At the heart of the Grazing Risk Monitoring Service is a computer system that gathers weather data from hundreds of weather stations sited around the country. For each location, historical weather data is analysed and processed to produce a risk index. It is this index that is presented in the Laminitis App for your chosen location.
The focus of this project has been to utilise existing research and to create a computer model that can simulate the conditions that cause grass (C3 Cool Grass) to become stressed and as a result pose a higher grazing risk.
Throughout the development of the service, we have tested the predicted risk against confirmed cases of laminitis using data collected throughout the UK and in some cases from abroad. Every case that we examine, provides us with a means to improve the sensitivity and accuracy of the predictions made.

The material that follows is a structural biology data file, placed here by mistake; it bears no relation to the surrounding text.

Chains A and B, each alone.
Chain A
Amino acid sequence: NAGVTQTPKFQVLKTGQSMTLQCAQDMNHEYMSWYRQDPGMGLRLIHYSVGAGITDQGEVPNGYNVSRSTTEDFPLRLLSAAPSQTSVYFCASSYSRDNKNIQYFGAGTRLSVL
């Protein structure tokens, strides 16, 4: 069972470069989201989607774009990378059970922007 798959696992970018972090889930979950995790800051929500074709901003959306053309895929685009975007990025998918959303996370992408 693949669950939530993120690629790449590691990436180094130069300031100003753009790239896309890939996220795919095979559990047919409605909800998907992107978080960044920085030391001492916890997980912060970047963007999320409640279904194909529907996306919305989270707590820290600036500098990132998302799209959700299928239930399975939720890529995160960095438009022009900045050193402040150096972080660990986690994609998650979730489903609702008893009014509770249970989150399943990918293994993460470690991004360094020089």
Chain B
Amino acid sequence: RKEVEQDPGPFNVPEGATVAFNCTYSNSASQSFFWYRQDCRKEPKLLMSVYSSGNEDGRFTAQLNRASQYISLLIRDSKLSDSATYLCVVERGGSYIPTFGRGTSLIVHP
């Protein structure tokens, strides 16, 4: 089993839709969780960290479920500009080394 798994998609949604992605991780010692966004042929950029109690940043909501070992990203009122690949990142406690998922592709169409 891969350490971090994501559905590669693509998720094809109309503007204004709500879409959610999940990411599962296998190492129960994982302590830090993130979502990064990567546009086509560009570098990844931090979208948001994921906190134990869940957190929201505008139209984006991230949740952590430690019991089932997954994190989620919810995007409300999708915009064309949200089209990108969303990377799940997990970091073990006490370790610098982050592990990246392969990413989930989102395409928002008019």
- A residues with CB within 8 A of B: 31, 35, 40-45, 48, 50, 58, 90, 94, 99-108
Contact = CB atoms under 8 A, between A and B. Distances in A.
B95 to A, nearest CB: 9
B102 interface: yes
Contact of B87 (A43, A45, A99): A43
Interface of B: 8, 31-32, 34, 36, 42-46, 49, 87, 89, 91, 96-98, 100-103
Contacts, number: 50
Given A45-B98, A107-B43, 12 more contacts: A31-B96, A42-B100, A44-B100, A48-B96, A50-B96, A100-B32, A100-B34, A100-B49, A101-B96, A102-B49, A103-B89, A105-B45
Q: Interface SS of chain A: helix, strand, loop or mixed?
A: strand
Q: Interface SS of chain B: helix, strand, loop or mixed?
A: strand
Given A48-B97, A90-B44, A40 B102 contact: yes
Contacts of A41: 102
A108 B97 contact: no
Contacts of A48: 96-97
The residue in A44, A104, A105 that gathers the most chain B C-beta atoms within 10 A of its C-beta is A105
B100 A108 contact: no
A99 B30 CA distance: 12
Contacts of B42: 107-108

The following case study is based on a pony that has sadly suffered from laminitis annually. Unfortunately in 2011 it suffered two laminitic episodes, the first time in June and the second in October. Looking at the Laminitis Risk Chart below there are two stress peaks highlighted on the time-line. For this pony it showed signs of laminitis 48 hours after the peak. We have found it usual for a shod horse to show signs at approximately 48 hours after the stress peak and a horse that is barefoot, within 24 hours.
This product has been designed to build awareness amongst horse owners that stressed grass poses an unforeseen risk throughout the year and not just at Spring and Autumn. It is hoped that the Laminitis App will be used as an everyday tool in conjunction with correct animal husbandry as it is important to understand that there are many other factors that can contribute or cause laminitis in horses (e.g. obesity).